Research Your Esthetician
The purpose of going to an esthetician is to improve the look of your skin. If your esthetician has a face full of blackheads, you know you've come to the wrong place. "They should be able to walk their walk and talk their talk," explains Susanne Warfield, Executive Director of the National Coalition of Estheticians, Manufacturers/Distributors and Associations (NCEA).
Talking the talk means staying on top of the latest advancements in their industry by joining a professional organization, reading trade publications, and taking advanced and continuing education skin care classes. In other words, when you ask your esthetician about the latest dermabrasion technique or chemical peel, he or she should know exactly what you're talking about.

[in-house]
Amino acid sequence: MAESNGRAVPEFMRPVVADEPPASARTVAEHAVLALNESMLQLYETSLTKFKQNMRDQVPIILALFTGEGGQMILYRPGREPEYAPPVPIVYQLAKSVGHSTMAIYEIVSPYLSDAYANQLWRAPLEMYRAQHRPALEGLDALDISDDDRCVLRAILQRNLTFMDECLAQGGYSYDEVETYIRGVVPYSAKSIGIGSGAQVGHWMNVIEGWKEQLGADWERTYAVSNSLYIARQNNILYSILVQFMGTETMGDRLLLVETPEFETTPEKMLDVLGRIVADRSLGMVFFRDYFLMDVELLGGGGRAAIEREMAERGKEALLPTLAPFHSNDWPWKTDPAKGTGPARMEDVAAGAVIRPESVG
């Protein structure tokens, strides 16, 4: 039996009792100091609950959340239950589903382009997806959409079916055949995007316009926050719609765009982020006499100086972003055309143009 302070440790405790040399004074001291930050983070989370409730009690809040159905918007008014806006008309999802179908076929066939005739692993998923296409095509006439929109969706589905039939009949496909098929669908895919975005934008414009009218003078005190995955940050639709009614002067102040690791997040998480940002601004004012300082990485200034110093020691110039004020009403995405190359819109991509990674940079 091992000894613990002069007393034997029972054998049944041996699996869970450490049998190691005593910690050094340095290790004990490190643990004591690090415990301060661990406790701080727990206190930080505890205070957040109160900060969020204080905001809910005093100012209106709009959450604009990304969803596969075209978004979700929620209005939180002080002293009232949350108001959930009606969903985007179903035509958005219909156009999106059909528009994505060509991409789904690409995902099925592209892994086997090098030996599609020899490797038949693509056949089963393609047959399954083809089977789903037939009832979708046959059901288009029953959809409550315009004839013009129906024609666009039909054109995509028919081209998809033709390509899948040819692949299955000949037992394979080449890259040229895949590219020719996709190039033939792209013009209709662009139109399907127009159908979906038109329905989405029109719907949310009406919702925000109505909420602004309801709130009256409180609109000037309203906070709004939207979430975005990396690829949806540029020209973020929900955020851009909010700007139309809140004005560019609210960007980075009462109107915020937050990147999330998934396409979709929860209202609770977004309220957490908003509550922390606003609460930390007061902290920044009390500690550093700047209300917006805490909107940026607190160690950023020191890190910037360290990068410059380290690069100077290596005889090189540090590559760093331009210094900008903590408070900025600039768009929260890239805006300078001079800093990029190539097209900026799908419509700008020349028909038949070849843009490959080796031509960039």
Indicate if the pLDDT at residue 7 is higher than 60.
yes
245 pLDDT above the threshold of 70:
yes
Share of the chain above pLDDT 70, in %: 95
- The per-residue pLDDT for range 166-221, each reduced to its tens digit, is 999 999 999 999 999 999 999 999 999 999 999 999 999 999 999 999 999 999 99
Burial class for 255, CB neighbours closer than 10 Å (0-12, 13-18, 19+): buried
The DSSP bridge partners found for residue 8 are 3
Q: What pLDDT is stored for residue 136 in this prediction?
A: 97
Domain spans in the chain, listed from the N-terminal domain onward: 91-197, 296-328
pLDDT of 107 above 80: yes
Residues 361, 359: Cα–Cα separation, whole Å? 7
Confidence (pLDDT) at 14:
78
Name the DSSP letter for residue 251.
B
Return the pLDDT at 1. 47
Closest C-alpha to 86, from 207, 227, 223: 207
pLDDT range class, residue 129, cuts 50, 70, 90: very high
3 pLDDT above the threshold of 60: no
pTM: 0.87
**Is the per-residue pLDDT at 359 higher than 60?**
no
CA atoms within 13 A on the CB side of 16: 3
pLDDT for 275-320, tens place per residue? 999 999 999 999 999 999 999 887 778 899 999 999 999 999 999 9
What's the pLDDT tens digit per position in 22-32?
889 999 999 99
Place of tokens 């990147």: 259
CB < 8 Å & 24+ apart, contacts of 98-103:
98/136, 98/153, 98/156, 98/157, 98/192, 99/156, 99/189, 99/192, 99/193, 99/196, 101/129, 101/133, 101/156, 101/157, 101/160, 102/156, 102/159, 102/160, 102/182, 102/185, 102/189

When you go in to have your service, the esthetician should have you fill out a client lifestyle form, which includes questions about your general health, medications, allergies and what skin care products you're using at home. "If they haven't asked you any of those things, you certainly don't want them doing any chemical treatments on you or doing any treatments using laser or light therapy," Warfield says. The esthetician should also explain the risks and benefits of having the treatment (which usually is done by having you sign a consent form), clearly communicate what's going to happen during your treatment and answer any questions you have.
There are also a few things the esthetician shouldn't be doing, like gossiping about other customers (which means your confidential information is also not safe), pressuring you into buying products or services you don't want, and offering you unrealistic expectations ("You're going to look 20 years younger!").